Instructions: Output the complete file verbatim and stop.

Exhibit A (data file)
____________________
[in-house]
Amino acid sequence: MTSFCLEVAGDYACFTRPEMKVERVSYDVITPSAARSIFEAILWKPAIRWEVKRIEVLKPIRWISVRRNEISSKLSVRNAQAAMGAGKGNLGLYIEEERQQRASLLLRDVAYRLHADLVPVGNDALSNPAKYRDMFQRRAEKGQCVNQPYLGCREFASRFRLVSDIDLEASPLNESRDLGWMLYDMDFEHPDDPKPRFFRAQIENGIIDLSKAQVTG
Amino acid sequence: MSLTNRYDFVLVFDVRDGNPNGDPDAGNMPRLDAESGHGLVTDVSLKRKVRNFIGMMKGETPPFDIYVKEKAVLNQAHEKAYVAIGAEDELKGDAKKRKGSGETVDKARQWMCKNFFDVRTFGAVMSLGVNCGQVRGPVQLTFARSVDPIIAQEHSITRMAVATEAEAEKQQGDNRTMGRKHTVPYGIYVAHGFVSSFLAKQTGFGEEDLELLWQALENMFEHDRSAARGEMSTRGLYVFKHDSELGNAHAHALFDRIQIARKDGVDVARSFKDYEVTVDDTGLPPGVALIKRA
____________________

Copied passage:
[in-house]
Amino acid sequence: MTSFCLEVAGDYACFTRPEMKVERVSYDVITPSAARSIFEAILWKPAIRWEVKRIEVLKPIRWISVRRNEISSKLSVRNAQAAMGAGKGNLGLYIEEERQQRASLLLRDVAYRLHADLVPVGNDALSNPAKYRDMFQRRAEKGQCVNQPYLGCREFASRFRLVSDIDLEASPLNESRDLGWMLYDMDFEHPDDPKPRFFRAQIENGIIDLSKAQVTG
Amino acid sequence: MSLTNRYDFVLVFDVRDGNPNGDPDAGNMPRLDAESGHGLVTDVSLKRKVRNFIGMMKGETPPFDIYVKEKAVLNQAHEKAYVAIGAEDELKGDAKKRKGSGETVDKARQWMCKNFFDVRTFGAVMSLGVNCGQVRGPVQLTFARSVDPIIAQEHSITRMAVATEAEAEKQQGDNRTMGRKHTVPYGIYVAHGFVSSFLAKQTGFGEEDLELLWQALENMFEHDRSAARGEMSTRGLYVFKHDSELGNAHAHALFDRIQIARKDGVDVARSFKDYEVTVDDTGLPPGVALIKRA